We are now going to connect the vCenter and SRM instances on each site to one another. This is called "Pairing the Sites".

  • Click on “New Site Pair”.

We are prompted for the vCenter Server Credentials.

Because we are doing this from the Recovery Site's vCenter instance (our VMware-based Cloud BCDR environment), the credentials we provide here will be for the Protected Site's vCenter instance.

Note: If you are using default self-signed certificates in your environment, you will need to click "Connect" to ignore the vCenter's self-signed certificate security warning and proceed.

We are using VMware vSAN for the Storage subsystem in our environments. vSAN is the default Storage option for all VMware vSphere-based Cloud infrastructure. In this configuration, we see that the SRM and the VMware vSphere replication appliance are both registered on our vCenter Server

  • Click "Next" to continue


Note: If you are using default self-signed certificates in your environment, you will need to click "Connect" to ignore the vCenter's self-signed certificate security warnings and proceed.

Click "Finish" to complete the Site Pairing process.

Now we are done with the Site Pairing exercise.

  • Click "View Details"

  • Provide the admin credentials for the Protected Site's vCenter Server, then click "Login" to complete the initial pairing.


Factors Influencing our Design and Configuration Choices

 Before we begin putting all the pieces in place, let's describe our objectives in more detail.

VMware SRM allows you to configure an orchestrated workflow of all the actions and steps required to recover a VM including the guest operating system, applications, processes, etc. SRM does this by using the features and capabilities of the VMware vSphere infrastructure and the storage subsystem to create a point-in-time copy of the VM at the Source (Protected Site) to the Target (Recovery Site). SRM can utilize either array-based replication or vSphere Replication to replicate VM data from a source site to a target site. For this paper, only vSphere Replication was used.

Because vSphere Replication is host-based replication, it is independent of the underlying storage and it works with a variety of storage types including vSAN, traditional SAN, NAS, and direct-attached storage (DAS). Unlike many array replication solutions, vSphere Replication enables virtual machine replication between heterogeneous storage types. For example, vSAN to DAS, SAN to NAS, and SAN to vSAN.  vSphere Replication can, of course, replicate virtual machines between the same types of storage, such as vSAN to vSAN.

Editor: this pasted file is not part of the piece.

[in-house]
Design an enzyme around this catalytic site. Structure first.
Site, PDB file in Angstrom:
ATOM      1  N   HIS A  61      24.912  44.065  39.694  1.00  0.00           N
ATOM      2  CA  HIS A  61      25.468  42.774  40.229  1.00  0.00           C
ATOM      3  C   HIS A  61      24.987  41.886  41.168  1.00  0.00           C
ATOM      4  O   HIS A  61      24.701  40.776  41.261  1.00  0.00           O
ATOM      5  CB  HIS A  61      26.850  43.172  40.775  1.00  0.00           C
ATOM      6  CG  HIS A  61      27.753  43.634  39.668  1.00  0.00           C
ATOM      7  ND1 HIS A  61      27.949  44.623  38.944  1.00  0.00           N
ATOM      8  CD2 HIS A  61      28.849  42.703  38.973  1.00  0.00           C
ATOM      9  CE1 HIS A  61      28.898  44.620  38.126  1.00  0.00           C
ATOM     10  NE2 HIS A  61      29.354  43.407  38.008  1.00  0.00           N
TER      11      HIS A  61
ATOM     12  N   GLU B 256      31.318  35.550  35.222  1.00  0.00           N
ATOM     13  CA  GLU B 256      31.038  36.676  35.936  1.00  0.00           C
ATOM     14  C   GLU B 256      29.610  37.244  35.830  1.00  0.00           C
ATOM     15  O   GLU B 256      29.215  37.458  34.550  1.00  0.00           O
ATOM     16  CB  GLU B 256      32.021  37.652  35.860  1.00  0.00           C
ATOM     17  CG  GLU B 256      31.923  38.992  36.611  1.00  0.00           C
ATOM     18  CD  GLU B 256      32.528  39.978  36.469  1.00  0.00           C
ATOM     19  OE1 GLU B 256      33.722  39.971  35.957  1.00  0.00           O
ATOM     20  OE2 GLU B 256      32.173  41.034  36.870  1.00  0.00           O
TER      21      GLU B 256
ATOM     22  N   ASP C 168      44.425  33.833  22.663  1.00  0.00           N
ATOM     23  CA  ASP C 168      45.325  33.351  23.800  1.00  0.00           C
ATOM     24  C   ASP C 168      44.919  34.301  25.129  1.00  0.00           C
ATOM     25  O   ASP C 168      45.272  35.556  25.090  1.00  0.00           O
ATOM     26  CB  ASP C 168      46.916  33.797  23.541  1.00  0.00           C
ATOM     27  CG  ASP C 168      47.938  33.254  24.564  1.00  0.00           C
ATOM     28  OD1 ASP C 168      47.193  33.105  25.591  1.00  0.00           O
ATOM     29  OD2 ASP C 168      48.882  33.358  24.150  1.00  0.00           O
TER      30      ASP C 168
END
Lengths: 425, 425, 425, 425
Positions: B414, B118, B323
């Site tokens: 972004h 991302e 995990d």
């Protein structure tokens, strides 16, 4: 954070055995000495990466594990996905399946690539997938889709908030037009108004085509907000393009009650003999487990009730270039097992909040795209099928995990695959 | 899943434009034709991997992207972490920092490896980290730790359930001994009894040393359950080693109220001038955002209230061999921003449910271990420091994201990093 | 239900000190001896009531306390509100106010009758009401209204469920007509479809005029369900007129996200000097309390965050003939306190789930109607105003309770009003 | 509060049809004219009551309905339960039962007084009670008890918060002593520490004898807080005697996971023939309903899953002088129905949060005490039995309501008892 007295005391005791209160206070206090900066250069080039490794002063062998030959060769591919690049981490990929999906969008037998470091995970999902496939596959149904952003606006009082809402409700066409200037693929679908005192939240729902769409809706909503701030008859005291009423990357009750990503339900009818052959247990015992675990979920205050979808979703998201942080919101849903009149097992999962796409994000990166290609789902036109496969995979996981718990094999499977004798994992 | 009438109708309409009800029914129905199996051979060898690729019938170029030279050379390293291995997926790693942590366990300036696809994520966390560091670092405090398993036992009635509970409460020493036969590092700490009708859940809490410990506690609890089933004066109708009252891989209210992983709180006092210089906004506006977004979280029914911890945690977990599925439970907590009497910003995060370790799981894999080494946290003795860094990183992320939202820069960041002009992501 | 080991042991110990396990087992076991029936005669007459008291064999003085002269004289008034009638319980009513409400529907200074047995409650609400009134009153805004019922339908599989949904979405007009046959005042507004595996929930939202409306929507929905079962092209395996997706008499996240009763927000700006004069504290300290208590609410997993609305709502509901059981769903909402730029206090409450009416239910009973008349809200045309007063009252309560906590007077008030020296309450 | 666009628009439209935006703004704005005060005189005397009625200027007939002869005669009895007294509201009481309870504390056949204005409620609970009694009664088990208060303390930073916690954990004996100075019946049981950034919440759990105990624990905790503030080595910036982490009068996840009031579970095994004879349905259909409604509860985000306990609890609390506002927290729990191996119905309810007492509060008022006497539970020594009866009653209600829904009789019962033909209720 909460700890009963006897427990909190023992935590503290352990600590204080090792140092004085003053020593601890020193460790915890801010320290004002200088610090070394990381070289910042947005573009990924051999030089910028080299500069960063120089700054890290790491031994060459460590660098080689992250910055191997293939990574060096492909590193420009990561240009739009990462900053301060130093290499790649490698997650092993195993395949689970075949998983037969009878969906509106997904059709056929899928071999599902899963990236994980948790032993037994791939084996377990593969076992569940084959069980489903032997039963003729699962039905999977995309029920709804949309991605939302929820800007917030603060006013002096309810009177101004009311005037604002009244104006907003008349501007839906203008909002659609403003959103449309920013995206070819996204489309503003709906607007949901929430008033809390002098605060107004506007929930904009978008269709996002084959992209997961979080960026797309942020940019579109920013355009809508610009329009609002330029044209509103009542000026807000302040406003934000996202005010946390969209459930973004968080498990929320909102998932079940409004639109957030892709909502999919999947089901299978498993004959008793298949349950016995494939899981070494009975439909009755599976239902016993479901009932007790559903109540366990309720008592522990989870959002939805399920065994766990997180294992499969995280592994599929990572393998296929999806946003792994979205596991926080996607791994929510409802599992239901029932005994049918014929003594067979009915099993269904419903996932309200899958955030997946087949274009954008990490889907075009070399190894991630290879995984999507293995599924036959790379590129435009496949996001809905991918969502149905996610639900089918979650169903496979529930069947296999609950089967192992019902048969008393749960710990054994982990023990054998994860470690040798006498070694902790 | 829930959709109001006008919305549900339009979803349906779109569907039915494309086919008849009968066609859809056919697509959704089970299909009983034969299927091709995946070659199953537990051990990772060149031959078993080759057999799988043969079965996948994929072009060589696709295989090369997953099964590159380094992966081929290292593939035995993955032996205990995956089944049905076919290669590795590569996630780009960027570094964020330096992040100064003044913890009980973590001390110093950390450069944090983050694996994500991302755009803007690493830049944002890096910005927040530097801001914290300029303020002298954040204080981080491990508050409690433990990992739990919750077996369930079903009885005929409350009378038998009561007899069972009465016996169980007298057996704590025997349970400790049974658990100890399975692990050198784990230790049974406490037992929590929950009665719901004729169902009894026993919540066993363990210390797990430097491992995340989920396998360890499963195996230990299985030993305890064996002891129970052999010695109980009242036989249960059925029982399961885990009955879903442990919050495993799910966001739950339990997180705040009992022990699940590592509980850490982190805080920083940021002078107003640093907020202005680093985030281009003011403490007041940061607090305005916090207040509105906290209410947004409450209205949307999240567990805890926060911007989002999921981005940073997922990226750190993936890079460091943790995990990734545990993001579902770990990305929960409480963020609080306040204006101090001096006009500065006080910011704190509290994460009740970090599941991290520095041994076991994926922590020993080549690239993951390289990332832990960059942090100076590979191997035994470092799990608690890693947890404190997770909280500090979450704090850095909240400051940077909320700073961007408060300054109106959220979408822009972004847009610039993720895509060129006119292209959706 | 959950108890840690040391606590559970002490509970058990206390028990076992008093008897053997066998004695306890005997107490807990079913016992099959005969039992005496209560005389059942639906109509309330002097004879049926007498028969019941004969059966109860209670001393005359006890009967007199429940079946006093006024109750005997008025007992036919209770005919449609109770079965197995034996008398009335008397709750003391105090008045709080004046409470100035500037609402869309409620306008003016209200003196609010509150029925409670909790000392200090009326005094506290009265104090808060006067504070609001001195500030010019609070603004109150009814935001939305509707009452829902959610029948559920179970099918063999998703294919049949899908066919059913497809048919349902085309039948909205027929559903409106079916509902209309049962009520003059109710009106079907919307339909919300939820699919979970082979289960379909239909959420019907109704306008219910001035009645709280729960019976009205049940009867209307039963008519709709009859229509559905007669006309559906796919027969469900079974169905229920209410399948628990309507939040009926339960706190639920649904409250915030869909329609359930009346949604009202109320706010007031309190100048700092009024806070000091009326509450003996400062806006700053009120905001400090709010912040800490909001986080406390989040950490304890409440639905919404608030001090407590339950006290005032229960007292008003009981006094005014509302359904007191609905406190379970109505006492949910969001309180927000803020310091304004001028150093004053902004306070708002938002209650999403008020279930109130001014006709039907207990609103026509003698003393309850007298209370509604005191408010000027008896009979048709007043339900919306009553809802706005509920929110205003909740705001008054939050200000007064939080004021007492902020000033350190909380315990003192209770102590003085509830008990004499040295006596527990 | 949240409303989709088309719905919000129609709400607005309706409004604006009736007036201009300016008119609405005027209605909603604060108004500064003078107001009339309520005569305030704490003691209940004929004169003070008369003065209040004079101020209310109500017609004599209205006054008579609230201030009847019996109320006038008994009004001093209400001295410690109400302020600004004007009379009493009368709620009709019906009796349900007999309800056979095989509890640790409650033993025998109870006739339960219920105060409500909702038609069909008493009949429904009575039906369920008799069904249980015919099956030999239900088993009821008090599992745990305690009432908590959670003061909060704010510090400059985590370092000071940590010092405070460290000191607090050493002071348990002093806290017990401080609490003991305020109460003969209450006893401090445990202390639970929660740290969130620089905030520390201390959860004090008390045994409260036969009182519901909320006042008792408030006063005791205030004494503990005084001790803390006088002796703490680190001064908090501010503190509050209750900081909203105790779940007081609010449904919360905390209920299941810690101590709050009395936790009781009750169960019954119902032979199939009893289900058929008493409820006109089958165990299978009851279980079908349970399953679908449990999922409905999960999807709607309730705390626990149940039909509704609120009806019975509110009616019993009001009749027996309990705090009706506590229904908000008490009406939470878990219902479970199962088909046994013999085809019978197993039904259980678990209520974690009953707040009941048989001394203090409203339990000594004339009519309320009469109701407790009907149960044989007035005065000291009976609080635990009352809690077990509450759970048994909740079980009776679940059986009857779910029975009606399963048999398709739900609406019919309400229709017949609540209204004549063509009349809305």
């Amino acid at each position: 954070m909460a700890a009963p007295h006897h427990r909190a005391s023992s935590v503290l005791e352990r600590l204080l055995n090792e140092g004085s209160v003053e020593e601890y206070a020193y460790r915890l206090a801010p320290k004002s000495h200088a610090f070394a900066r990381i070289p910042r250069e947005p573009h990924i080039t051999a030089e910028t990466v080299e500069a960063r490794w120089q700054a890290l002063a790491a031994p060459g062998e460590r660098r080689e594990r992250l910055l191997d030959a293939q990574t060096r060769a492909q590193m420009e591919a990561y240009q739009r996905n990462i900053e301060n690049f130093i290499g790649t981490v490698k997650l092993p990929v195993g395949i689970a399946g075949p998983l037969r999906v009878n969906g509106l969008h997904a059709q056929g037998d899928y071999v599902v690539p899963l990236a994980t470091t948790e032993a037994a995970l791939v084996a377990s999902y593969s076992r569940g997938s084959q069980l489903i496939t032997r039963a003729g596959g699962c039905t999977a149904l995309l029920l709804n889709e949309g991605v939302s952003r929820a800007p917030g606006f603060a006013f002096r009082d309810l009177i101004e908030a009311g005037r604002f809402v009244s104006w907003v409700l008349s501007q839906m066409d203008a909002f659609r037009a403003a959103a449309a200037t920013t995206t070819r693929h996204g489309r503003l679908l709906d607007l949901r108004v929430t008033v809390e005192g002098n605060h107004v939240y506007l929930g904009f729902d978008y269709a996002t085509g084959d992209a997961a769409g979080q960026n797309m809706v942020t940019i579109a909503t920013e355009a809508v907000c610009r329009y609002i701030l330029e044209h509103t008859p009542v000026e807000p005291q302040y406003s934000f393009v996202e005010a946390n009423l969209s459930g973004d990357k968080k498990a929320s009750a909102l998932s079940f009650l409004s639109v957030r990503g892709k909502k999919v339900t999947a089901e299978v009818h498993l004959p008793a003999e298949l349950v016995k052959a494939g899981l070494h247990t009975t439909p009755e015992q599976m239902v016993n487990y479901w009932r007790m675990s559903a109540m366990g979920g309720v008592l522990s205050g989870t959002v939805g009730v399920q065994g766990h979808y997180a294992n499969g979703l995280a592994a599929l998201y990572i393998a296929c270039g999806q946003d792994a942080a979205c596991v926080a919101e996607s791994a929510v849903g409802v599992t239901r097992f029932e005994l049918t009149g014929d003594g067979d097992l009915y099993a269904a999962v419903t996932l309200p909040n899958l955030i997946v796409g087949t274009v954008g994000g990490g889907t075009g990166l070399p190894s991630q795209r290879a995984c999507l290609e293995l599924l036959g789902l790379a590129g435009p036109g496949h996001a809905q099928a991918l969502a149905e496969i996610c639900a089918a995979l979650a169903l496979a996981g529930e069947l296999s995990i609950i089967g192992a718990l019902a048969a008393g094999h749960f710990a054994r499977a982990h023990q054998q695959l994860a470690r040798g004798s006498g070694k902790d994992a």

When a (real or simulated) failure occurs at the Protected Site, administrators are enabled to initiate the pre-configured recovery steps and actions (recovery plan).

These steps include (among others) the order in which SRM recovers the protected VMs; the network to which the recovered VMs are connected to; whether to customize or change the IP addresses for the recovered VM (or let them obtain such addresses from an available/accessible DHCP Server; in-Guest configuration scripts to run on the recovered VMs, etc.

When an administrator initiates this recovery plan, SRM uses the copy of the VMs data created by vSphere Replication to prepare the VMs for recovery. The VMs are added to inventory, connected to the appropriate resources (networks, folders, resource pools, and storage policies, powered on in the order specified and customized as required. If the workflow includes running scripts inside the VMs as part of the process, the guest operating system is instructed to call and run the scripts (of course, the scripts must exist on the VMs and be accessible during the recovery process).

Here is a high-level description of the protection and recovery workflow we will configure for our exercise.

  • The SQL Server instances in our use case run on VMs running the Windows Operating System and are joined to the Active Directory Domain Services (ADDS) infrastructure. For this reason, we need the Domain Controllers to be available and functional before the SQL Server VMs are brought up.
  • Our SQL Server instances are clustered in a 2-node always-on availability group configuration. Clustering SQL Servers requires the use of a Windows Server Failover Cluster. We are using a file share witness (a folder located on one of the domain controllers) as the quorum option for this configuration.
  • We specifically use Availability Groups in this Guide and demonstration because (as of the time of this writing):
    • The default storage option for VMware Clouds is vSAN
    • The default replication option for vSAN is vSphere Replication
    • vSphere Replication does not currently have the capabilities to replicate disks used for shared-disk Windows clustering
    • Although the scripts and all other required steps are similar, the factors mentioned above preclude the use of the steps documented in this guide for protecting and recovering Microsoft SQL Servers configured in shared-disk mode – Always On Failover Clustering Instance (FCI).